On the end of the Cold War and the rise of neoliberalism.
Fritz Bartel talks to us about his new book in which the 1970s crisis and its aftermath takes centre-stage. How did the response to this global crisis differ in Western democratic capitalism versus Eastern state socialism? And why did this determine which side won the Cold War? How did the twin factors of global finance and energy emerge then, to the extent they still seem so determining today?
We discuss Bartel’s striking claim that democracies, rather than authoritarian systems, were better able to ‘break promises’ – that is, impose economic discipline. And we conclude by discussing whether it could have been otherwise, whether neoliberalism and the collapse of the ‘really existing socialism’ were inevitable.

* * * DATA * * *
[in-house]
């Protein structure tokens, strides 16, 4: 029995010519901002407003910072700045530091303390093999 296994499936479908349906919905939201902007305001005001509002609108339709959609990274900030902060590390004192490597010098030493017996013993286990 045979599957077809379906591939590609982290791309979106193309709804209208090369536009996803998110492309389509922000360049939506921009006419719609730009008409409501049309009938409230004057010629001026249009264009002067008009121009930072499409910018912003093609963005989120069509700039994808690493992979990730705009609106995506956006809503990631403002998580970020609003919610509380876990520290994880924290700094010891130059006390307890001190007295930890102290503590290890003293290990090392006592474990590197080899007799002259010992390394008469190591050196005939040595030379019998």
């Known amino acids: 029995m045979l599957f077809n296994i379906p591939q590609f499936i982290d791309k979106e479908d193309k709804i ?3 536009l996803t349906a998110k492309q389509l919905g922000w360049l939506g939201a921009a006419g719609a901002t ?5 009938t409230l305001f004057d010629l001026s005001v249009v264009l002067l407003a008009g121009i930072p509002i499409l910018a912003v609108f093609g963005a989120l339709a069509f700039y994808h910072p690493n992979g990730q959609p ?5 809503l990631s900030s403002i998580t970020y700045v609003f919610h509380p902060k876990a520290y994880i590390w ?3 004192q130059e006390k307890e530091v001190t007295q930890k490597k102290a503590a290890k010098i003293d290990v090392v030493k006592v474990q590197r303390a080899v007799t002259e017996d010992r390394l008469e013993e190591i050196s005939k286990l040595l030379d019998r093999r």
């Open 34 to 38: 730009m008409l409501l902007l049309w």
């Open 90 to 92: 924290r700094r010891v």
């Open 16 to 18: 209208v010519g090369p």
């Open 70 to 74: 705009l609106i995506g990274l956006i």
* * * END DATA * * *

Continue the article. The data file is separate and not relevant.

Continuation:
The Triumph of Broken Promises: The End of the Cold War and the Rise of Neoliberalism, Fritz Bartel, Harvard UP
Democracy and Discipline: Review Essay, Alex Hochuli, American Affairs